Which plants can you identify upon first glance? Are they plants from the nursery? From the florist? Are they native plants?
How did you come to know these plants?
Plants featured in an advertisement, a children’s book, or a lavish garden are more recognizable to the public than common wildflowers (Bebbington, 2005). To determine the extent to which this is the case, Anne Bebbington of the Field Studies Council created a survey to test the environmental knowledge of students taking field classes at a field center. Students’ environmental knowledge was assessed through an evaluation of their plant identification skills. Bebbington discusses her findings in The Ability of A-level Students to Name Plants.
From October 2003 through December 2004, Bebbington (2005) collected data from 925 participants. Her sample was composed of A-level biology students (i.e., college-bound high school students; n=812), graduates working on their certificate in education (n=92), and biology teachers (n=21). All participants were asked to identify ten common wildflower plants at the beginning of field courses they enrolled in at the Juniper Hall Field Centre located 25 miles outside of London. Each participant was handed a sheet featuring color illustrations of ten common plants. Participants wrote the names of plants next to the appropriate illustration. General terms like “daisy” and “violet” were accepted in lieu of exact common names or scientific names.
An evaluation of participants’ responses revealed that most A-level biology students could not identify more than three plants, that teacher education students did only slightly better than the A-level students, and that biology teachers were the most successful at identifying plants (Bebbington, 2005). Of the plants used in the exercise, the daisy plant was the most easily identified, followed by the foxglove and the primrose — a result Bebbington (2005) attributes more to participants’ personal experiences with these plants instead of anything they might have learned in school.
Bebbington’s conversations with students revealed that students did not think plant identification was a skill worth learning. Students said that naming organisms is “a job for specialists” (Bebbington, 2005). This type of thinking raises concern because students’ lack of interest in knowing the names of plants impacts their working knowledge of environmental issues.
Why does this indifference exist?
Bebbington (2005) points to the absence of botany education at all grade levels, along with less exposure to organismic biology (whole organism biology) as contributing factors. She shares the results of an interesting study revealing that eight year-old children could recognize more than half of the unnatural Pokemon types presented to them, but were less able to identify common wildlife types (Balmford et al., 2002 as cited in Bebbington (2005)). Societal issues such as safety concerns about being alone in natural areas is also cited by Bebbington (2005) as a possible contributing factor because concerns about safety may reduce one’s interest in natural history. Cultural differences, family income, family background and parents’ own outdoor experiences can also be factors (Bebbington, 2005).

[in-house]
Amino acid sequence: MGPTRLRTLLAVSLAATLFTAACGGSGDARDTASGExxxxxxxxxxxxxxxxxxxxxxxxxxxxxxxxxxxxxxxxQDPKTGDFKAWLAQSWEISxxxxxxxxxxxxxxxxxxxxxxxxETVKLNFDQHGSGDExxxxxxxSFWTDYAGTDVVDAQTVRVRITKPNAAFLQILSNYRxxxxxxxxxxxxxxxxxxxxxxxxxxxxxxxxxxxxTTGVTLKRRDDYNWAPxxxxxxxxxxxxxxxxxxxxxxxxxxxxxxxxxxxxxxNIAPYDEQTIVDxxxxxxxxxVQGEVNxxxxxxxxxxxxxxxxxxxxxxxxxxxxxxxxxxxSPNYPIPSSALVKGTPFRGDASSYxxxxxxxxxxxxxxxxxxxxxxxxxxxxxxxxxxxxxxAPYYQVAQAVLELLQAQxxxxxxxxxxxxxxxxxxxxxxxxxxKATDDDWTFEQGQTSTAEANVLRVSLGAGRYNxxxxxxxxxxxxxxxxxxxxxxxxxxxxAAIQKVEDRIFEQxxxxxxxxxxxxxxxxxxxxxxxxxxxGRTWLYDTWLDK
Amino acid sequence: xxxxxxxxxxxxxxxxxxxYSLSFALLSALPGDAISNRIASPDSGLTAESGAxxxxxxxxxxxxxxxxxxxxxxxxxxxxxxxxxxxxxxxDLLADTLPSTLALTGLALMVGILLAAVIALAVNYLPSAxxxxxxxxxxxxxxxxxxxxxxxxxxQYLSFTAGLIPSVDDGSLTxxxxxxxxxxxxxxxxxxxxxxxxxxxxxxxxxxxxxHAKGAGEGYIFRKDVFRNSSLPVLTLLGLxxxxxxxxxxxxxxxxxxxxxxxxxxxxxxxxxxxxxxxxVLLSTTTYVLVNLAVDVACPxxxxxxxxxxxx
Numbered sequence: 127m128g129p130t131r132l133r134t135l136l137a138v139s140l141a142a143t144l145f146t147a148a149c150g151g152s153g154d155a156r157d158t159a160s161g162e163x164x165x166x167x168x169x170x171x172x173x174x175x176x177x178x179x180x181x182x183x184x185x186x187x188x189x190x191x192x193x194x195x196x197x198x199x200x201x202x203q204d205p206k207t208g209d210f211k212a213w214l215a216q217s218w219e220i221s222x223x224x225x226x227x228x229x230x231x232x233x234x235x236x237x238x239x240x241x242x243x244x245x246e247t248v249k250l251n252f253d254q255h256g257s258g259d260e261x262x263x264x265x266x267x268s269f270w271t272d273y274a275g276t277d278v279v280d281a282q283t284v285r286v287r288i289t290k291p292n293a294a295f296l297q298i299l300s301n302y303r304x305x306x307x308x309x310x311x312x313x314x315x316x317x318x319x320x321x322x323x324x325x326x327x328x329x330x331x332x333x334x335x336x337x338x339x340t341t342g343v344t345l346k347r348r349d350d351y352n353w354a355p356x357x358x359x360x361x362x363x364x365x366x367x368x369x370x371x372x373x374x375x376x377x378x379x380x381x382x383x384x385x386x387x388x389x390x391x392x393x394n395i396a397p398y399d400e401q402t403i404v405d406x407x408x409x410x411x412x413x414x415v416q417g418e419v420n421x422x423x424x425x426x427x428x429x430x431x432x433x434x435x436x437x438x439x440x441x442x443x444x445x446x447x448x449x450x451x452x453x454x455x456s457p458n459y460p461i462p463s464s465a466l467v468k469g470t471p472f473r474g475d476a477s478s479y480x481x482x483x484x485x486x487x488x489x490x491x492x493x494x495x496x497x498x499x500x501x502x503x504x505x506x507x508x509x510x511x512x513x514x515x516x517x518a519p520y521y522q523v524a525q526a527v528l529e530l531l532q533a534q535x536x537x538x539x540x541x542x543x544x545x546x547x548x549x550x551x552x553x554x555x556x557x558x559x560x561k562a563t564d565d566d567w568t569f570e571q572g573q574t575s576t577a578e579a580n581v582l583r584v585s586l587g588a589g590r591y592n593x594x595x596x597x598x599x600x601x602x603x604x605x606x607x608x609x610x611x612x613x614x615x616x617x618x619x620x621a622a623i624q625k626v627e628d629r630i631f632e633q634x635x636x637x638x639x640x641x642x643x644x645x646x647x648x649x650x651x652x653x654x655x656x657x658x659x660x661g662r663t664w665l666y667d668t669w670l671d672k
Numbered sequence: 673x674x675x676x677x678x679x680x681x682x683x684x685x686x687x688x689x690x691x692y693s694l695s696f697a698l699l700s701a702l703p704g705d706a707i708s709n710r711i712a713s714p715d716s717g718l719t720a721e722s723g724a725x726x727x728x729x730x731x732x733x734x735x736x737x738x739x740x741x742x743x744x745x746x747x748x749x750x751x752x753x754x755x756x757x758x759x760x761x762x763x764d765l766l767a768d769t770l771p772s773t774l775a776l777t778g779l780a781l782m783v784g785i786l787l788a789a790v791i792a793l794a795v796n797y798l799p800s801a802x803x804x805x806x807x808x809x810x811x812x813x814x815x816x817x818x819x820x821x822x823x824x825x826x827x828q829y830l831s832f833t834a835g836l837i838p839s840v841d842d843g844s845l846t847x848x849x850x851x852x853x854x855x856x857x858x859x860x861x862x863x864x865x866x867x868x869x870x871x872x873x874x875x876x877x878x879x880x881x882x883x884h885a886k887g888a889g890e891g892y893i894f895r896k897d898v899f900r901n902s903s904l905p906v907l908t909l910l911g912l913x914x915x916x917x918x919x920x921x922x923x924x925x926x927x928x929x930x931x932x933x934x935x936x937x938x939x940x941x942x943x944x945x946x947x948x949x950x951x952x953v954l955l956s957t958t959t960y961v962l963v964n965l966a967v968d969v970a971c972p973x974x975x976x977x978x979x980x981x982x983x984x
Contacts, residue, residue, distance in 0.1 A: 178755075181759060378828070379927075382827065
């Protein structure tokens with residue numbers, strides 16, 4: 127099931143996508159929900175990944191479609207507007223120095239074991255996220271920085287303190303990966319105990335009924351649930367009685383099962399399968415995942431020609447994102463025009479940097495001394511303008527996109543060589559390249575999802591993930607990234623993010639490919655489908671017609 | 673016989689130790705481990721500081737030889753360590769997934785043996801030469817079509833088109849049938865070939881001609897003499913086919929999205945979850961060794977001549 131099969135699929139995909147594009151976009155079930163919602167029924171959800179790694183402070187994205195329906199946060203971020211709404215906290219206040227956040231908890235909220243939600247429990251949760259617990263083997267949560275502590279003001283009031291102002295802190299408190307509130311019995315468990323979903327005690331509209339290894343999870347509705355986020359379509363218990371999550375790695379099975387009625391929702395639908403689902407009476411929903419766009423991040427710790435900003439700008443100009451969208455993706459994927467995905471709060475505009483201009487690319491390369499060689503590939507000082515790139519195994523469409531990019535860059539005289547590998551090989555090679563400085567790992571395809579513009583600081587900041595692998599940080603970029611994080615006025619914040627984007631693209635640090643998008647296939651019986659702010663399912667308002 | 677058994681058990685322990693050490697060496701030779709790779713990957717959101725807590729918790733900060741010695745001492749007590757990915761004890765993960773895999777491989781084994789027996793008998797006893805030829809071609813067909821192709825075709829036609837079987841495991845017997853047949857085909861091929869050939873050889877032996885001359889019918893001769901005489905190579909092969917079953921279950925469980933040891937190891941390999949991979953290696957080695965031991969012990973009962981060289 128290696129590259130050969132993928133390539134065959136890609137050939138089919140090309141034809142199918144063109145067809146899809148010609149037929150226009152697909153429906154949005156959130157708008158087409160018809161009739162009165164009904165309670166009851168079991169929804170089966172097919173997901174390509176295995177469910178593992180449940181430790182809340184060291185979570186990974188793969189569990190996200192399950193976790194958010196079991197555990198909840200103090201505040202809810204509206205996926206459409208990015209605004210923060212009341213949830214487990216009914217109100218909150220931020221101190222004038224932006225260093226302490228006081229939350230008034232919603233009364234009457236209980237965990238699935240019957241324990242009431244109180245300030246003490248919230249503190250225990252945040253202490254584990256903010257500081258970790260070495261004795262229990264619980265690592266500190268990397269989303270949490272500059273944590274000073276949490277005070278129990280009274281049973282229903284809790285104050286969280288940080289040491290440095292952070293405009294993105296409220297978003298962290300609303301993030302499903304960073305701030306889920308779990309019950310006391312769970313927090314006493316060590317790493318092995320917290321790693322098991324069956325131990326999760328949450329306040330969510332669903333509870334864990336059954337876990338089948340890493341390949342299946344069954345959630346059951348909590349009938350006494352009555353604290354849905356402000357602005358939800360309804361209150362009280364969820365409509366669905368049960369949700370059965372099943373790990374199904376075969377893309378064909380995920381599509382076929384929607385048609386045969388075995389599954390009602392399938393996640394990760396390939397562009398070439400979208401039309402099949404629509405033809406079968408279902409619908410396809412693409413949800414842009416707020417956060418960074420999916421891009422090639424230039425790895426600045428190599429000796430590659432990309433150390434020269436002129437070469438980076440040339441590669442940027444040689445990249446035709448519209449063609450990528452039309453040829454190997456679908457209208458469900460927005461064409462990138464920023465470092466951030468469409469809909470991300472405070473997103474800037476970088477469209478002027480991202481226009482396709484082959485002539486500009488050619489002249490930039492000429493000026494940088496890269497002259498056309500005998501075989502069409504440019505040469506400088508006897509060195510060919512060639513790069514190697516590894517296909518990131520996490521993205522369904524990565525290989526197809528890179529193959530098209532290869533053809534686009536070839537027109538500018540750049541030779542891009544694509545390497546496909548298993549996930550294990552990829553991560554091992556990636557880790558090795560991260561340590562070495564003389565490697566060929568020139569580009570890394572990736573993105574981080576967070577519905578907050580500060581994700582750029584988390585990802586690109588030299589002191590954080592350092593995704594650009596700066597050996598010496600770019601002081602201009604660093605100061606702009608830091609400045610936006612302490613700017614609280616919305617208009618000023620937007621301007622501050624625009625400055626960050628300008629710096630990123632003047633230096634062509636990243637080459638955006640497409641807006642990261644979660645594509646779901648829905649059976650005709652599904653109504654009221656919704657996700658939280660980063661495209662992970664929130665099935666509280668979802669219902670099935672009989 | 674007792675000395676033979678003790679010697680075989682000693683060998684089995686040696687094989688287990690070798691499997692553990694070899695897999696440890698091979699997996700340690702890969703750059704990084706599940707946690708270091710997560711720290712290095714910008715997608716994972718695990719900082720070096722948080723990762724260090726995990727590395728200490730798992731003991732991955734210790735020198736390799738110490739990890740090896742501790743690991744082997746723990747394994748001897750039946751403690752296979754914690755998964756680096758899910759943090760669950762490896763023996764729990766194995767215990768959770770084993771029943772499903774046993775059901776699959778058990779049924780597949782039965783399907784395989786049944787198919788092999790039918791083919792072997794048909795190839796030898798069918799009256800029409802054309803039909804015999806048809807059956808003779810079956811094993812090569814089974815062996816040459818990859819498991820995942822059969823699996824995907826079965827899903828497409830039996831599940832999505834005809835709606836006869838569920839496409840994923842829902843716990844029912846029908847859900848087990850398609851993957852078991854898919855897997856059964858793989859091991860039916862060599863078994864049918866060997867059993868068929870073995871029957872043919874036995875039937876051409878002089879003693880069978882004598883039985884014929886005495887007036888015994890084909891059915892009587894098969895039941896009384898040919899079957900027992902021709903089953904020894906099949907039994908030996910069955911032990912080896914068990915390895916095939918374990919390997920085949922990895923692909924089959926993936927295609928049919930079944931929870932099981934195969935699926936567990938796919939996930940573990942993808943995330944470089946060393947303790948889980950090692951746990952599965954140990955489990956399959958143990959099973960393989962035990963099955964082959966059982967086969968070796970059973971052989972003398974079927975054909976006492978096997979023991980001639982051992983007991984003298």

Since recognizing local plants and animals is necessary to establish an environmentally literate citizenry, Bebbington (2005) proposes that primary teachers be encouraged to incorporate plant-related activities into their curriculum, that teachers be encouraged to provide more field experiences for their students, and that schools encourage students to take part in the informal science education programs provided by local organizations. The latter recommendation is inline with an observation made by Kramer and Havens (2010) in the Botanical Capacity Project about private sector programs filling-in gaps in botany education left open by academe.
To read Bebbington’s detailed assessment of her findings and to view a copy of the wildflower quiz she used, purchase The Ability of A-level Students to Name Plants online for $34 or conduct a search for this article at your local library.
Balmford, A., L. Clegg, T. Coulsen. and J. Taylor. 2002. Why conservationists should heed Pokemon. Science. 295(5564): 2367.
Bebbington, Anne. 2005. The ability of A-level students to name plants. Journal of Biological Education. 39(2): 63-67.
Kramer, Andrea and Kayri Havens. 2010. Assessing Botanical Capacity to Address Grand Challenges in the United States. A report by the Botanical Capacity Assessment Project. Website http://www.bgci.org/usa/bcap [accessed 4 November 2011].